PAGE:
In his nearly two decades in government and business, Sean Kevelighan has had his public affairs and communications fitness tested in high-profile situations, most notably working for the Treasury Department and as press secretary for the White House Office of Management and Budget under President George W. Bush.
He was also tested as group head of Global Consumer Banking Public Affairs for financial giant Citi during the financial crisis. Most recently he was global head of Public Affairs for Zurich Insurance Group, where he helped set the corporation’s global public policy and corporate responsibility agendas.
Now Kevelighan, who competes in Ironman contests and marathons, is facing his biggest fitness test yet. He has committed to being the heavyweight spokesperson for the world’s best known property/casualty insurance information organization, the Insurance Information Institute (I.I.I.). He is taking over as president and CEO from Dr. Robert Hartwig, an economist who served in the post for 18 years and raised the stature and profile of the organization considerably. Hartwig is heading off into academia.
Kevelighan, who is only 43 years old (he’s not the youngest to lead I.I.I.; Hartwig was 42 when he took the helm) in an industry not known for youth at the top, expects this new adventure to be a marathon after a career with 12 different jobs and promotions in 18 years.
“I think you could parcel out my career in two parts, almost. The first part was a lot of time spent in the Washington D.C. area, primarily. What happens often in Washington, D.C., is you spend your time figuring out all the various elements of what I call the public affairs machine,” he told Insurance Journal in an interview a few weeks before he started his new job in August.
“You’ve got your government side of it with policymakers and regulators. There’s a business element to it, whether the individual businesses or the trade associations. You’ve also got that ‘relevant expert’ group out there in academia, or think tanks. Then the media is also a big component of it. I spent a lot of time in the first part of my career really trying to understand and work in and work with all those various elements.”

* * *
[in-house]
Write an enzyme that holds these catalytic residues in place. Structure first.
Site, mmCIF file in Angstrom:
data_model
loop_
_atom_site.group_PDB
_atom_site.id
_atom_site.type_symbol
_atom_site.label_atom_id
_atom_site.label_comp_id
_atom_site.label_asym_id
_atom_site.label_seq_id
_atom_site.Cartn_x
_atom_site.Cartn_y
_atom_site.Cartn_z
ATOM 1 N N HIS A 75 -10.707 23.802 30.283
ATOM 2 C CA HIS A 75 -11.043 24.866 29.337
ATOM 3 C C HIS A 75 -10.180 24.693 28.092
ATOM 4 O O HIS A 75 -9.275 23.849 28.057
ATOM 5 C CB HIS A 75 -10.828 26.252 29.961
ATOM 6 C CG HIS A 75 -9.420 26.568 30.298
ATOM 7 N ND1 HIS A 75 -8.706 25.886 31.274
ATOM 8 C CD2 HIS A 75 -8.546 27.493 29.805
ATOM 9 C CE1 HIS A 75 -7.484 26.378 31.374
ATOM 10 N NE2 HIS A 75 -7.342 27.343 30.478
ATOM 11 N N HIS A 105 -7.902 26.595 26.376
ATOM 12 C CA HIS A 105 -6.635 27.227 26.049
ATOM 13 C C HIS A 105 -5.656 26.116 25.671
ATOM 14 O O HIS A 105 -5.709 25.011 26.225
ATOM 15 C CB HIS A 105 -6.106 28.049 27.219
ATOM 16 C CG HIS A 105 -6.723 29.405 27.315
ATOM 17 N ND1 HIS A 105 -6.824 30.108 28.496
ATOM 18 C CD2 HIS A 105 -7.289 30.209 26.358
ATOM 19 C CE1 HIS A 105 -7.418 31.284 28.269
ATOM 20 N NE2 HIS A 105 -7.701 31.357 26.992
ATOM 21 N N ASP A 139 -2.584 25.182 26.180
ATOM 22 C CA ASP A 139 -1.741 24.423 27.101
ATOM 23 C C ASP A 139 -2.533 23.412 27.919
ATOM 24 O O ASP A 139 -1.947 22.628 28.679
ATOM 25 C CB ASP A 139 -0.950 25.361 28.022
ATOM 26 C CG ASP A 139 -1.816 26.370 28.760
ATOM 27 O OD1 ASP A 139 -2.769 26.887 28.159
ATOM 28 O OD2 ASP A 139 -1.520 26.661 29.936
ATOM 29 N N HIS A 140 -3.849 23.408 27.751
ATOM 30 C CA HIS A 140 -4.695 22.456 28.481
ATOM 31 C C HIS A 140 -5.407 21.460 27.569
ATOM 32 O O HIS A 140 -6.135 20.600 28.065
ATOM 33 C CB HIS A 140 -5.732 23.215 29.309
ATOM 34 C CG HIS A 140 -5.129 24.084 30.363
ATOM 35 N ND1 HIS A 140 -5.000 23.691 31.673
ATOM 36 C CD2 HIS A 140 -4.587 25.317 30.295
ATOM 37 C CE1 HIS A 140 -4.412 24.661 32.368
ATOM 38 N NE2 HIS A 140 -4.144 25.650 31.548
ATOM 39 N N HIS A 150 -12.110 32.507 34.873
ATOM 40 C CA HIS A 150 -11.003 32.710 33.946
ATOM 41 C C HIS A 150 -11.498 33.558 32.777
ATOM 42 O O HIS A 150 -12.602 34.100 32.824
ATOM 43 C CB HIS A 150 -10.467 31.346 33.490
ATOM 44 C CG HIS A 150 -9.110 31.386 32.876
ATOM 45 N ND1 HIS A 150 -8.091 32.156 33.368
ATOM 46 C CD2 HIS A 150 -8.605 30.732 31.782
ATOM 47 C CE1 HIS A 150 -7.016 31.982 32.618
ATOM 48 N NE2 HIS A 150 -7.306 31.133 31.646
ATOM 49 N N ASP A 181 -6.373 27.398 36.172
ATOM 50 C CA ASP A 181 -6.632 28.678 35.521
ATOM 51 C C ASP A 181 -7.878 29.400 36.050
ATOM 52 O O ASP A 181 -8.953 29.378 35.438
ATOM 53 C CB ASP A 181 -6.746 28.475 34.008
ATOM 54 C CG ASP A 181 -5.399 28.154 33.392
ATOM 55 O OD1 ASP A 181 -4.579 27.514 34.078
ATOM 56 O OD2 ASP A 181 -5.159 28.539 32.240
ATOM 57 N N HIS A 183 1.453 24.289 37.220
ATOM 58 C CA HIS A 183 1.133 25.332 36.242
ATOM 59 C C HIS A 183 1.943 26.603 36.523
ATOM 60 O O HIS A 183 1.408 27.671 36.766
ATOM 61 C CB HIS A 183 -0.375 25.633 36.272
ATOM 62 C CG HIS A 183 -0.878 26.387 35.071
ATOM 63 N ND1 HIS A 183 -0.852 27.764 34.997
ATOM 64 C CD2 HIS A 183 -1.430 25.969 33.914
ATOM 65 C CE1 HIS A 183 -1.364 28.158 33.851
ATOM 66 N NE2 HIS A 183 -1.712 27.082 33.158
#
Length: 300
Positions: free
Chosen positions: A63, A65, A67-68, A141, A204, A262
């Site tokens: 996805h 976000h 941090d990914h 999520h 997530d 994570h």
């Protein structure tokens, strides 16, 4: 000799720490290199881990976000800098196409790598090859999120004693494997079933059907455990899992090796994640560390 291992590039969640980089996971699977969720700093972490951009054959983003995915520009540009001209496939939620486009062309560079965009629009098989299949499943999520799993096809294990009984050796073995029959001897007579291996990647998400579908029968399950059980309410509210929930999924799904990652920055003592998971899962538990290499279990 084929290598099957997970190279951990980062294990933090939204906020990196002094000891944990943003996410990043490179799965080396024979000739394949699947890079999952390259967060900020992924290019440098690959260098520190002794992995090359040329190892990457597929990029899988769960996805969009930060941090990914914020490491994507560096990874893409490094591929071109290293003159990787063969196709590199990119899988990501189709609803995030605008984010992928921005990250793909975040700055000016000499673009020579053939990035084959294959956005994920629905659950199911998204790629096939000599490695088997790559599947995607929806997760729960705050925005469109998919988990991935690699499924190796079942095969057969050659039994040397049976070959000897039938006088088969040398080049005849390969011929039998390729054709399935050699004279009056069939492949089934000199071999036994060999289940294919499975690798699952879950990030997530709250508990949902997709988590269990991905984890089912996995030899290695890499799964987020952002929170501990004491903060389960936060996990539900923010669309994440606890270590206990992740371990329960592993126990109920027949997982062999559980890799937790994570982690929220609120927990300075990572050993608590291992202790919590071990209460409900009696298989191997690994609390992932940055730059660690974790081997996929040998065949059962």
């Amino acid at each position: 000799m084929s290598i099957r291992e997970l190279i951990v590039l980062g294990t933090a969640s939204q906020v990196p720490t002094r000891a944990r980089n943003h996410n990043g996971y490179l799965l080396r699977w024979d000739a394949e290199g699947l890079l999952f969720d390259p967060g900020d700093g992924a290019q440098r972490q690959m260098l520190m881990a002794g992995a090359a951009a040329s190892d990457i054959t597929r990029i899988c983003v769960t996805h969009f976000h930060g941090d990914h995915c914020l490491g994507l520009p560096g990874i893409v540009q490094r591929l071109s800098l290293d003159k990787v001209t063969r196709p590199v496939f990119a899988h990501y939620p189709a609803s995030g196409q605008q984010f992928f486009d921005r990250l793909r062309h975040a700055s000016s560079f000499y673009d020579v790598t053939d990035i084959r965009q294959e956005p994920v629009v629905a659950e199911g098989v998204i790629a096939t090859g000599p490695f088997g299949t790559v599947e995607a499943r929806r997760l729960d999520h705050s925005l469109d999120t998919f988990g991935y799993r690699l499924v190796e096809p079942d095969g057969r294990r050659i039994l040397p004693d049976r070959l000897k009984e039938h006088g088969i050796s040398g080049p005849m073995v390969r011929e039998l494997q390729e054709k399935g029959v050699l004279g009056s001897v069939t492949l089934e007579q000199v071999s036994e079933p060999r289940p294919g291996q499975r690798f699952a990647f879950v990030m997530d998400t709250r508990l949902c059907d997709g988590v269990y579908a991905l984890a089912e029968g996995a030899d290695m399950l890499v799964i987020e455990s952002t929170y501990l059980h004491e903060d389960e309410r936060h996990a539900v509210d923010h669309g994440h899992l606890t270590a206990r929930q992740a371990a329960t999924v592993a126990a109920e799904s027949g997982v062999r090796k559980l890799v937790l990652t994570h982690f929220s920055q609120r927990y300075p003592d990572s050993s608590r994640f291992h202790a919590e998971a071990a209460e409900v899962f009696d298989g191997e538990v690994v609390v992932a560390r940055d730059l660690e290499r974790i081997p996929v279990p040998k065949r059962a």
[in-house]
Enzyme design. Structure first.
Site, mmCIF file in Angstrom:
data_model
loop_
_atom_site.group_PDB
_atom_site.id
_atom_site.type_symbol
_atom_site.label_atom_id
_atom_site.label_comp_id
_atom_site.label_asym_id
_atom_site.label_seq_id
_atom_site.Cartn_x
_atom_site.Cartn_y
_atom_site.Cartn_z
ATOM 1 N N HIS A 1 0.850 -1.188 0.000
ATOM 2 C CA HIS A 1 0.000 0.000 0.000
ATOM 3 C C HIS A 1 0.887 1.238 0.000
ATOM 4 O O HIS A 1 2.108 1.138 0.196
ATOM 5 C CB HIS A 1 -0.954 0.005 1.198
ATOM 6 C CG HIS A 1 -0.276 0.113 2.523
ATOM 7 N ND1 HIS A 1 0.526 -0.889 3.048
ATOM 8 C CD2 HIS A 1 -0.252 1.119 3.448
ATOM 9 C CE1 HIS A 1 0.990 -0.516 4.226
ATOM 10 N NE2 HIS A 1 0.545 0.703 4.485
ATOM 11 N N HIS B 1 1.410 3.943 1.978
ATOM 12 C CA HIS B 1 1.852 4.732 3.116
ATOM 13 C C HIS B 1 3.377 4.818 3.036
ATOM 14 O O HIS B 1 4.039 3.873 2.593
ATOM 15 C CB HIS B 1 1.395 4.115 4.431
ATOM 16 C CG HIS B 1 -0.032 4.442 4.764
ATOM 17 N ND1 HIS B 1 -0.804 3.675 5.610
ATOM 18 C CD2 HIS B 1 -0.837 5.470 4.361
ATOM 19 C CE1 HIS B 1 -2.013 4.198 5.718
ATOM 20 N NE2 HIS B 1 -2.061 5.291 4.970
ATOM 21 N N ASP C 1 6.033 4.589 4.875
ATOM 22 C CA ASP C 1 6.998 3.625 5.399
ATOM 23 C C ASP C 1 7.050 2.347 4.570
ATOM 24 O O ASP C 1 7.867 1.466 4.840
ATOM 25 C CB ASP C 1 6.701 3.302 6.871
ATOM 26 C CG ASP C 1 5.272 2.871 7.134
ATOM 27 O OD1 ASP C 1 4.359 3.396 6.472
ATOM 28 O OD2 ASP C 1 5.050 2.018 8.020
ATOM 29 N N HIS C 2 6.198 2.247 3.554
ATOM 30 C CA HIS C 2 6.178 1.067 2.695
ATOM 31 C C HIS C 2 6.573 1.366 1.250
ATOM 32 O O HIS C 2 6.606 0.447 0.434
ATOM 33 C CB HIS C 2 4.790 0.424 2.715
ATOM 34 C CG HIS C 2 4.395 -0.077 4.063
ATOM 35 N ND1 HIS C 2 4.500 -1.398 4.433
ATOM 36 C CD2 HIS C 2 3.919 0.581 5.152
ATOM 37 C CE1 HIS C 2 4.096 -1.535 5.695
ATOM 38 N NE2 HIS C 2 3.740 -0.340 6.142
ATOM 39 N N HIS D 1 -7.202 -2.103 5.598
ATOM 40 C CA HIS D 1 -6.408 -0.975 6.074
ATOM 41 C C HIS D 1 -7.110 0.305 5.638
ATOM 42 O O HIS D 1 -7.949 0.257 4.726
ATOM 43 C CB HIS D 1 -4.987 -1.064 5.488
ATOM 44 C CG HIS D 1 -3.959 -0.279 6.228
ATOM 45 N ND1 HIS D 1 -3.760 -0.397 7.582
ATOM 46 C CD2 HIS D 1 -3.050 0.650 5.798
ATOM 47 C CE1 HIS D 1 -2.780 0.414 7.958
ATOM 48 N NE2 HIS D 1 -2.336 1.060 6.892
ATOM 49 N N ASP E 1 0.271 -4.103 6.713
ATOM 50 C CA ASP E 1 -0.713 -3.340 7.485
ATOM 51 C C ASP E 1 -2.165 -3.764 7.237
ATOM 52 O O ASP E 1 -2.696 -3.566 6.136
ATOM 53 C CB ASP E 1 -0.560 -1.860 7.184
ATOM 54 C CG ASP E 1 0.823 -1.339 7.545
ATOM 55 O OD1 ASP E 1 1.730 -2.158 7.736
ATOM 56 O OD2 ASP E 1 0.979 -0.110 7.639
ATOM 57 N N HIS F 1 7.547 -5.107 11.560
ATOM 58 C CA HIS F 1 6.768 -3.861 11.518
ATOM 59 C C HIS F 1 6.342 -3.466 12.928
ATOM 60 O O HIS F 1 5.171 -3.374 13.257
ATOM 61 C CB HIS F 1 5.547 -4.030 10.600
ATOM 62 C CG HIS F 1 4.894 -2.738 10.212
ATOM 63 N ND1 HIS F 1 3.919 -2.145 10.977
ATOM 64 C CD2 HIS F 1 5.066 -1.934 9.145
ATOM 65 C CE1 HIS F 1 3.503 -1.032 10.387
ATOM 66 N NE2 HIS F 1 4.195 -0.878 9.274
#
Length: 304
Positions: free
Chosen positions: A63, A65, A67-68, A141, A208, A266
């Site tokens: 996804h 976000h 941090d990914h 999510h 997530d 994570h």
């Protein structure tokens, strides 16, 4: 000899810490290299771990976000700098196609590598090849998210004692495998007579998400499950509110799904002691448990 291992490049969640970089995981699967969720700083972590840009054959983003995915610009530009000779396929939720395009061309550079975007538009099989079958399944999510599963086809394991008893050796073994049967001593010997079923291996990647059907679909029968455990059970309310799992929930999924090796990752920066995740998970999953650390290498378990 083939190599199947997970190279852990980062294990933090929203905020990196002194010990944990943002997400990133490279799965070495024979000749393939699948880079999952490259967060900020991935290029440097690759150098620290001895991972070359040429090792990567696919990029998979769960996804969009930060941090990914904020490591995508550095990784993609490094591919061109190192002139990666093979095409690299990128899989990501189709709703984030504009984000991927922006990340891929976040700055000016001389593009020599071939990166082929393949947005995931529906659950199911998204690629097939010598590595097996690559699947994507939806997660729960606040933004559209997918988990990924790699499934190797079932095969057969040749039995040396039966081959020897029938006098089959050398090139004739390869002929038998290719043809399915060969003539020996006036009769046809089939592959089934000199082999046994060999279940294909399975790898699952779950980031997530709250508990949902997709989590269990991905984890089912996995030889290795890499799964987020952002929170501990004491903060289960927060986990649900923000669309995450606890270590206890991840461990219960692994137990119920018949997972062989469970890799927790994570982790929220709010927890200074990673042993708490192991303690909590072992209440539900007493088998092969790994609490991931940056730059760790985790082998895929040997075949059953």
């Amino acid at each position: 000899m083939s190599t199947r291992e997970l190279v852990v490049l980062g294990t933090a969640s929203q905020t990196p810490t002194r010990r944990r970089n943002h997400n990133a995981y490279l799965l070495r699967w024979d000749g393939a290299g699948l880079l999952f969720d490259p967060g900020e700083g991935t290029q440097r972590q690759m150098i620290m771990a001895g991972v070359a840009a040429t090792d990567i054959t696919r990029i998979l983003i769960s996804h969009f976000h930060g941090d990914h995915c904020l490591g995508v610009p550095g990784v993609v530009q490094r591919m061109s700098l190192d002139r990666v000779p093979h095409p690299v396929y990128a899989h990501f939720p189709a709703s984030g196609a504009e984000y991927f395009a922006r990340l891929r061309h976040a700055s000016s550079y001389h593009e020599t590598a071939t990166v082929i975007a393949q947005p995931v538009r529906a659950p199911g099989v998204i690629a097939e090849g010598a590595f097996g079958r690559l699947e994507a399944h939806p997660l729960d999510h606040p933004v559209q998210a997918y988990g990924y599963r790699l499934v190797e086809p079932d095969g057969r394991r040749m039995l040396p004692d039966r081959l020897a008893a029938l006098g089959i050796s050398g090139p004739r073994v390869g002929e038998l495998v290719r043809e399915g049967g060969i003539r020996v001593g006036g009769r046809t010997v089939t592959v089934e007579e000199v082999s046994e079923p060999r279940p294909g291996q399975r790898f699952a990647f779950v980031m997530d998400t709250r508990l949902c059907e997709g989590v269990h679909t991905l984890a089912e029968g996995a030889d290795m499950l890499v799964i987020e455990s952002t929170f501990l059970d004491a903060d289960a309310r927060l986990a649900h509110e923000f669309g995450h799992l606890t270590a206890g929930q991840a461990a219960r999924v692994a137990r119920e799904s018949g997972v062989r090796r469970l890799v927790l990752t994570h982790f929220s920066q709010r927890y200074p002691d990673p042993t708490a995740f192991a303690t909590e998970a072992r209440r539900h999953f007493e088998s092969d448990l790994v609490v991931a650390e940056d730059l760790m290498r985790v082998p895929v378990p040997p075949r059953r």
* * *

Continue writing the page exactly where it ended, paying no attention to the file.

There are not too many high-level insurance executives in their early 40’s. For Kevelighan, personally, the time is right to hunker down. “[A]t this stage of my career, I really do want to sink in and use all of that expertise and understanding that I learned in the first part of my career, and begin to apply it for more longer-term,” he said. “With my age now and how the I.I.I. operates, I think it’ll be a good match for that, in terms of being able to look at a longer-term view for the industry and this position, as well.”
He believes his ability to think strategically and execute tactically is one of his strengths.
“One of the things that I try and do is apply everything from a strategic viewpoint and understand what strategy needs to be applied to an organization or a certain campaign and how can you directly, tactically get there, being able to tactically execute whatever the strategy is for the organization, or communications program,” he said.
Kevelighan admits that he, like most people, used to view insurance as simply a “grudge purchase,” one that is hard to understand and appreciate.
But now he has a loftier view. “What’s there and what’s happening is allowing individuals, companies and organizations to actually live more freely in the world and in the economy,” he said.
Where did the Ironman gain this passion? After 9/11 he was in Washington working on the Terrorism Risk Insurance Act and saw New York’s construction industry shut down almost immediately because insurance was not available.
“In a place like New York, where construction is everywhere, the dramatic impact of not having insurance on one of the most major cities in the world was striking to me. I think I understood that it’s not necessarily just this grudge purchase. It’s actually making an economy work.”
Was this article valuable?
Here are more articles you may enjoy.